Saturday, February 19, 2005

Your backyard would make a great Wal-Mart

Bill Steigerwald talks to Scott Bullock, an Institute for Justice attorney who will be arguing before the U.S. Supreme Court against the abuse of eminent domain by the city of New London, Connecticut. That city wants to force owners to sell their property not for a public use, like a school or road, but for private development that the government believes will be more lucrative:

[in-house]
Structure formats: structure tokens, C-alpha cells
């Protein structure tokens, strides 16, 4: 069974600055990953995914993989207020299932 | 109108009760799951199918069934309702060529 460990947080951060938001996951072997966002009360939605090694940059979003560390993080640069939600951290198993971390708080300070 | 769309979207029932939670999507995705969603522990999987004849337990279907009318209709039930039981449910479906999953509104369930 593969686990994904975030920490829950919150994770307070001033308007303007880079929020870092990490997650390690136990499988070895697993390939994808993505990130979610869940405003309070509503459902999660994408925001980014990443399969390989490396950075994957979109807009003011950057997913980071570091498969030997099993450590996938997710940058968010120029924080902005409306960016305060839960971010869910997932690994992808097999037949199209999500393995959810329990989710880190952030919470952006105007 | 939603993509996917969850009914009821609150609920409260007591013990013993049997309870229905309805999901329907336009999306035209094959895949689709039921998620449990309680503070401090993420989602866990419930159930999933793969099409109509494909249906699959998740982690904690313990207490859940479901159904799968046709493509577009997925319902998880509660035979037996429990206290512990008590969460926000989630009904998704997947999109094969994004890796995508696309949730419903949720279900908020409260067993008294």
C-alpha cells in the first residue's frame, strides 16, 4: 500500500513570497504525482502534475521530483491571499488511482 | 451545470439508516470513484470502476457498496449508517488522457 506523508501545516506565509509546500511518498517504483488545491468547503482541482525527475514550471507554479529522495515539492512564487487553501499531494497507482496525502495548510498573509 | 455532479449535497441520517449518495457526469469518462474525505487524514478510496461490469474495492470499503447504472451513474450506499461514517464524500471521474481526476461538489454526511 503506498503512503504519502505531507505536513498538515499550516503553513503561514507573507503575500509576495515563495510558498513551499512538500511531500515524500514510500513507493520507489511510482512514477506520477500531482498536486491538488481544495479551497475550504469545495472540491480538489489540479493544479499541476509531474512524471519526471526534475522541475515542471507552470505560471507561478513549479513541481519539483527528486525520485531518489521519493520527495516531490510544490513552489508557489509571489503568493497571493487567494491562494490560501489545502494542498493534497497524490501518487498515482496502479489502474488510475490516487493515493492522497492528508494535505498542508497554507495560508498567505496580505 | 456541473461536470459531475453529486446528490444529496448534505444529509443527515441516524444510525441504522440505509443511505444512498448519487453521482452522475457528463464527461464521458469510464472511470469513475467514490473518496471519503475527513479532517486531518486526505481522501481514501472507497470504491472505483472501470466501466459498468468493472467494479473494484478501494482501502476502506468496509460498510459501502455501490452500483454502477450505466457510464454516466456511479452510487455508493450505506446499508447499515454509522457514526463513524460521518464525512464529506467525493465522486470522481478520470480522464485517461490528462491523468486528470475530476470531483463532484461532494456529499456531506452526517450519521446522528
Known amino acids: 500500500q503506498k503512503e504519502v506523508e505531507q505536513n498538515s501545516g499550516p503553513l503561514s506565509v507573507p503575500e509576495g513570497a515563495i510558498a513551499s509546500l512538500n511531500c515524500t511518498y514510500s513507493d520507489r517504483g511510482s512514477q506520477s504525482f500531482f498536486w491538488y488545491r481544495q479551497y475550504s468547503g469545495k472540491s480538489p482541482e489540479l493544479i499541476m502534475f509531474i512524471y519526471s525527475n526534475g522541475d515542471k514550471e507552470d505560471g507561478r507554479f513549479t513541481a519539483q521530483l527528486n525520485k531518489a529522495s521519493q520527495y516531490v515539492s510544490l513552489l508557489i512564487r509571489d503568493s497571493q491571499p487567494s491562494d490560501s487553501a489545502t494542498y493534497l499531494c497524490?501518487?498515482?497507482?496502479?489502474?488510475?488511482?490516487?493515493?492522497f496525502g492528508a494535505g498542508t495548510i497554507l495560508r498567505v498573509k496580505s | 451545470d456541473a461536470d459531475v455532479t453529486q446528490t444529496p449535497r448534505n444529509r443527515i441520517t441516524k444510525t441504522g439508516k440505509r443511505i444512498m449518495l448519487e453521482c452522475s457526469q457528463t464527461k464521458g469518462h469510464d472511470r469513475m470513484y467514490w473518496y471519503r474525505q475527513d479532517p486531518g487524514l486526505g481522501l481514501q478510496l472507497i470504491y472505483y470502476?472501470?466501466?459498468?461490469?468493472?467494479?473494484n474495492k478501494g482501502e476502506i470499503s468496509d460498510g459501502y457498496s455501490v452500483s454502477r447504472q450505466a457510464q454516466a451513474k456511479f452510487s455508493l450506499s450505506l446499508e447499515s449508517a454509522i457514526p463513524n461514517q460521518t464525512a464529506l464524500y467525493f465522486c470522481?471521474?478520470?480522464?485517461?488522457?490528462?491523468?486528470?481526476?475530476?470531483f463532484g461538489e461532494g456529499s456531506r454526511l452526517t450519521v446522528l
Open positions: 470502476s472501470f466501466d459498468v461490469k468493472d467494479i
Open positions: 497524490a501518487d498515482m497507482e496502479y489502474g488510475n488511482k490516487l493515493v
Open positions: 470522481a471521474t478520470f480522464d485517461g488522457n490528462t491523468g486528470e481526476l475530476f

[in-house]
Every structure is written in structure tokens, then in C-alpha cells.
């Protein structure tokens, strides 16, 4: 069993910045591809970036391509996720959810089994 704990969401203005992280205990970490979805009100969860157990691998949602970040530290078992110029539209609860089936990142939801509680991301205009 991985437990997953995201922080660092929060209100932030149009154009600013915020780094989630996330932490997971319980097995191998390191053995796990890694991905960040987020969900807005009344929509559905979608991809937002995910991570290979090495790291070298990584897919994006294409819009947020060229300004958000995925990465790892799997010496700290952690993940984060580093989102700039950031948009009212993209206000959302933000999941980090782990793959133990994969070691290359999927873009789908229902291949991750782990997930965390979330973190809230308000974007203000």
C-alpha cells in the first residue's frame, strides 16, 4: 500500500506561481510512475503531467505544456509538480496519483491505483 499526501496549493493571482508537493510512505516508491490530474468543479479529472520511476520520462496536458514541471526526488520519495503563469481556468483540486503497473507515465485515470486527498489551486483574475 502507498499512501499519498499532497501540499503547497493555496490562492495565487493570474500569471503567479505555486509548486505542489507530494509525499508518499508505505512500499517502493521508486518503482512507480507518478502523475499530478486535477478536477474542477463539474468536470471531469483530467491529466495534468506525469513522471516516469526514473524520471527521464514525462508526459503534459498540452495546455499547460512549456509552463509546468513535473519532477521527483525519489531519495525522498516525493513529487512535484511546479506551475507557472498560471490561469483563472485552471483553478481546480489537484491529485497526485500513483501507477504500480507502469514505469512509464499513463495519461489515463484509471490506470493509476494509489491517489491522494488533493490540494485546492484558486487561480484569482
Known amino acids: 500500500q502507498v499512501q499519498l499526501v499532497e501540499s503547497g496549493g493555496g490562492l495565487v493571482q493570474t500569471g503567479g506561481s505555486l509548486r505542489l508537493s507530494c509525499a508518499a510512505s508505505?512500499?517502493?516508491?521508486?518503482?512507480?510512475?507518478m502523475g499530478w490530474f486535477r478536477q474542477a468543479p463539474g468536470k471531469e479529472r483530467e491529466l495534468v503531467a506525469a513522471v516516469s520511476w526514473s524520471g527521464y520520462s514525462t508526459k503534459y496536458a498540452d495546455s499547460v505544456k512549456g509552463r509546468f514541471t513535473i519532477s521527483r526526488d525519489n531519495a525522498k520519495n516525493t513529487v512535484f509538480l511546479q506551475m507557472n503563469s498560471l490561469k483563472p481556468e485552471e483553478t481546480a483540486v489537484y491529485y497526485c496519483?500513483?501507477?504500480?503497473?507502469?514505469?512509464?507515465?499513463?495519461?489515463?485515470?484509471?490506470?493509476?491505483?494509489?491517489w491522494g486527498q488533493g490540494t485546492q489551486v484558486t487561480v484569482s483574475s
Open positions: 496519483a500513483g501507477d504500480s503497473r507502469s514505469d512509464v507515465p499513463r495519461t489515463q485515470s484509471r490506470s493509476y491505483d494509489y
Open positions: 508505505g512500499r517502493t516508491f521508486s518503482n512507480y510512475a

We have to prove that this is not "a public use." The Constitution says very clearly that private property shall "not be taken for public use without just compensation." The real question in this case is whether or not these takings are for a public use. The government's taking someone's property simply in the hope that the new owners will produce more tax revenue and that the city will gain from the trickle-down effects of private business development cannot be a public use. If it is, then there really are no limits on government's eminent domain power.


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